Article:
Sinful/prideful lusts are deceptive. All need to be careful about being "hardened through the deceitfulness of sin" (Hebrews 3:13).

Solomon pursued them, while still having wisdom as he wrote:

9 So I became great and excelled more than all who were before me in Jerusalem. Also my wisdom remained with me. 10 Whatever my eyes desired I did not keep from them.I did not withhold my heart from any pleasure, For my heart rejoiced in all my labor; And this was my reward from all my labor. 11 Then I looked on all the works that my hands had done And on the labor in which I had toiled; And indeed all was vanity and grasping for the wind. There was no profit under the sun.

Solomon had the wrong priorities. He was powerful and wealthy and had pretty much every physical thing he could have.

Consider also the following from 2 Chronicles:

13 The weight of gold that came to Solomon yearly was six hundred and sixty-six talents of gold, 14 besides what the traveling merchants and traders brought. And all the kings of Arabia and governors of the country brought gold and silver to Solomon. 15 And King Solomon made two hundred large shields of hammered gold; six hundred shekels of hammered gold went into each shield. 16 He also made three hundred shields of hammered gold; three hundred shekels of gold went into each shield. The king put them in the House of the Forest of Lebanon.

17 Moreover the king made a great throne of ivory, and overlaid it with pure gold. 18 The throne had six steps, with a footstool of gold, which were fastened to the throne; there were armrests on either side of the place of the seat, and two lions stood beside the armrests. 19 Twelve lions stood there, one on each side of the six steps; nothing like this had been made for any other kingdom.

20 All King Solomon's drinking vessels were gold, and all the vessels of the House of the Forest of Lebanon were pure gold. Not one was silver, for this was accounted as nothing in the days of Solomon. 21 For the king's ships went to Tarshish with the servants of Hiram. Once every three years the merchant ships came, bringing gold, silver, ivory, apes, and monkeys.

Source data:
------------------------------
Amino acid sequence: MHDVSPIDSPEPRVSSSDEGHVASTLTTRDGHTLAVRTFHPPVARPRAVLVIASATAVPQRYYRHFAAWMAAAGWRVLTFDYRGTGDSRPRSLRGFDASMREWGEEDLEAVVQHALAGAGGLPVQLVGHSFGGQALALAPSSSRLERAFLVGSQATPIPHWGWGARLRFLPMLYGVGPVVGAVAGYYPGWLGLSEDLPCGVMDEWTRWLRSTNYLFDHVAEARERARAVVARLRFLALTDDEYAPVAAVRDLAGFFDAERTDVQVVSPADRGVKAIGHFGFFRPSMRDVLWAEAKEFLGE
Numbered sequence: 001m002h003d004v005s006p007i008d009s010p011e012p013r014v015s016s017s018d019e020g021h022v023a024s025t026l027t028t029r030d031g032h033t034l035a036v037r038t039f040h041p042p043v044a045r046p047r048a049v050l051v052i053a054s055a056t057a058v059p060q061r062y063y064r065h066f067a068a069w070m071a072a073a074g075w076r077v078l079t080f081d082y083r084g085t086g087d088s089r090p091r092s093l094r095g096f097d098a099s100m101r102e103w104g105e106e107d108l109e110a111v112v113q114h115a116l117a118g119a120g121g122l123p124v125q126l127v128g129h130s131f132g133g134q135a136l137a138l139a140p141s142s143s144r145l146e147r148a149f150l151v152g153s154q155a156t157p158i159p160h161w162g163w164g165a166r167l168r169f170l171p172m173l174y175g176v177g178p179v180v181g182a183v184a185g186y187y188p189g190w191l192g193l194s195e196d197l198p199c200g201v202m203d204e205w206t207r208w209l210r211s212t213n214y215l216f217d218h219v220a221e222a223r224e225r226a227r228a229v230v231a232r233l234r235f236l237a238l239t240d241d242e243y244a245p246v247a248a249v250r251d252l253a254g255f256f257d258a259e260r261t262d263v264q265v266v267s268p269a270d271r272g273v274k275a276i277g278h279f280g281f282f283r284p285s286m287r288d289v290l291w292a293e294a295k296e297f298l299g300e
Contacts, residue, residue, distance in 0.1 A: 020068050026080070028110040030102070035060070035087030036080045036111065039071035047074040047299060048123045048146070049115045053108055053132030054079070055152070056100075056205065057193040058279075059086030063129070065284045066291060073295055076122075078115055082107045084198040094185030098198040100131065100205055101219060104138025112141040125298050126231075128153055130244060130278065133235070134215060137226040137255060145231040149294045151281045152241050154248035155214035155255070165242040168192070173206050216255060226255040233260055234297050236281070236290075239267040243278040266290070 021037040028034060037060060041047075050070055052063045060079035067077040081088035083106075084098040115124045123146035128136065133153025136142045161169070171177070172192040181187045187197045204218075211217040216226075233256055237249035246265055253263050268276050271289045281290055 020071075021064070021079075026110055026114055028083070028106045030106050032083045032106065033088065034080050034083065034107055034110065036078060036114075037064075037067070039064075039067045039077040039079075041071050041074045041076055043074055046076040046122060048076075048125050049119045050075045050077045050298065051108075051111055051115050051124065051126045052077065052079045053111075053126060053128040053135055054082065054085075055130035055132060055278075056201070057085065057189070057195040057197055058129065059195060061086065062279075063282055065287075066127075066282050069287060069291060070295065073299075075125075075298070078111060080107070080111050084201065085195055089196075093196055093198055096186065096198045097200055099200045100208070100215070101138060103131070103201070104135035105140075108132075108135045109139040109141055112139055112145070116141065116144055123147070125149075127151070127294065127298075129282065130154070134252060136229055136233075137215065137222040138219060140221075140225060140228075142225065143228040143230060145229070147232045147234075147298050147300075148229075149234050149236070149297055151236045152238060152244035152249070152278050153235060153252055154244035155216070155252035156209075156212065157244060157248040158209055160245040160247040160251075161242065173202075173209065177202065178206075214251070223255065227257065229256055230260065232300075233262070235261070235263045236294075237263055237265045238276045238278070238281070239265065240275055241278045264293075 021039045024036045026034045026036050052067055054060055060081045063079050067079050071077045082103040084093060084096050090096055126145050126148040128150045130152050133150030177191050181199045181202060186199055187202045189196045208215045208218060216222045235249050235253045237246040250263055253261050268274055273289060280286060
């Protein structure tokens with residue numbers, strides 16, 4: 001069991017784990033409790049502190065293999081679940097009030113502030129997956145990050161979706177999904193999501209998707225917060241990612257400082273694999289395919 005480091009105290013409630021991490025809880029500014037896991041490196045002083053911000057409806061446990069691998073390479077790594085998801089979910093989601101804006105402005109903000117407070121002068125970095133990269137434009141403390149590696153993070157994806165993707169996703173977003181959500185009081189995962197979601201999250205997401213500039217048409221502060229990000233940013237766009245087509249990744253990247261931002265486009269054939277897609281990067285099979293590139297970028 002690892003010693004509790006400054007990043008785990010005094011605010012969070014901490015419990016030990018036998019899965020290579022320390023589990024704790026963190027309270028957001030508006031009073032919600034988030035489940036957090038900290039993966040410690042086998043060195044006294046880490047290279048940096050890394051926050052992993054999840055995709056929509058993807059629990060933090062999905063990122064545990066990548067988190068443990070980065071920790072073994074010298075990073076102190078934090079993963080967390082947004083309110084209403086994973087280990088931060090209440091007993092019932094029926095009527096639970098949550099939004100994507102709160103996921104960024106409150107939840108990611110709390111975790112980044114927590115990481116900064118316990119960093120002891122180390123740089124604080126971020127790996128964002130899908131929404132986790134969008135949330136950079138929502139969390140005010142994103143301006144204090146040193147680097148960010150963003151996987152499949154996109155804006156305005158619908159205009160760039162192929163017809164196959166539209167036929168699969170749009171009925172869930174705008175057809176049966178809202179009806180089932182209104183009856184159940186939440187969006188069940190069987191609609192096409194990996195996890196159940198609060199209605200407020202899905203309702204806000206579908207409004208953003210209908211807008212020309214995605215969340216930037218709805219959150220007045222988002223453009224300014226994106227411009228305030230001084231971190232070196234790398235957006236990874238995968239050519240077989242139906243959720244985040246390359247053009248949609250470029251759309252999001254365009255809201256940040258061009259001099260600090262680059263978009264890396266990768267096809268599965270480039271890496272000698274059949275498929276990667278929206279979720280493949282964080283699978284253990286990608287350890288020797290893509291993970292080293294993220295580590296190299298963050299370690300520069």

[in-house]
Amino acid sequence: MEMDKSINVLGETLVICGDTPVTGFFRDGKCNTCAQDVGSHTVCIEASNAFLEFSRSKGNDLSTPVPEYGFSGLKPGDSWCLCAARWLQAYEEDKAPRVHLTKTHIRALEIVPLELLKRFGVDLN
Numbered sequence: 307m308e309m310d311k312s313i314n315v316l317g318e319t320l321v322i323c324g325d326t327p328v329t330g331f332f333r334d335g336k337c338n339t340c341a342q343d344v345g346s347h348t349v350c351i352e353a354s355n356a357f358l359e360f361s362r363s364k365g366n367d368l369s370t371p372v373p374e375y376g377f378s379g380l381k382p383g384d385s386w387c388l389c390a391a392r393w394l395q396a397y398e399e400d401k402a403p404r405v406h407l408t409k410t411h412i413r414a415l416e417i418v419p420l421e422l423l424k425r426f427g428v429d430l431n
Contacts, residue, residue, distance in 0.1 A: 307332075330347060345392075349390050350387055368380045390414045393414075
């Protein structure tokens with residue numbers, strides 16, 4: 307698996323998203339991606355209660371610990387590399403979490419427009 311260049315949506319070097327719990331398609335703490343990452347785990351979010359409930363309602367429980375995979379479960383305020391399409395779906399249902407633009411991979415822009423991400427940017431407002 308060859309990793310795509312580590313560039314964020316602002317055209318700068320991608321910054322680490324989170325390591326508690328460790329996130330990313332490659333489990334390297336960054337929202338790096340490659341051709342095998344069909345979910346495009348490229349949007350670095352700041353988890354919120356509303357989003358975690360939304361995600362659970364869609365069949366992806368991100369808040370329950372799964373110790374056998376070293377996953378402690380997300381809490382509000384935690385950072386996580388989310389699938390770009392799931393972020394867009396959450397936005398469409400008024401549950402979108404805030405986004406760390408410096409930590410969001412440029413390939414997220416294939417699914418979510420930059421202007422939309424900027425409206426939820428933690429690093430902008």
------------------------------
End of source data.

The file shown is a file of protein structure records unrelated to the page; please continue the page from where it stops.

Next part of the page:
22 So King Solomon surpassed all the kings of the earth in riches and wisdom. 23 And all the kings of the earth sought the presence of Solomon to hear his wisdom, which God had put in his heart. 24 Each man brought his present: articles of silver and gold, garments, armor, spices, horses, and mules, at a set rate year by year.

25 Solomon had four thousand stalls for horses and chariots, and twelve thousand horsemen whom he stationed in the chariot cities and with the king at Jerusalem.

26 So he reigned over all the kings from the River to the land of the Philistines, as far as the border of Egypt. 27 The king made silver as common in Jerusalem as stones, and he made cedar trees as abundant as the sycamores which are in the lowland. (2 Chronicles 9:13-27)

Comparing this to parts of Ecclesiastes demonstrates another reason that it is logical to conclude that Solomon was the author.

Solomon had what many men wished they could have throughout history.

Lusts of the flesh did not satisfy.

Solomon continued:

12 Then I turned myself to consider wisdom and madness and folly; For what can the man do who succeeds the king? — Only what he has already done.

He concluded that no one of his time could do more than he, but that did not satisfy.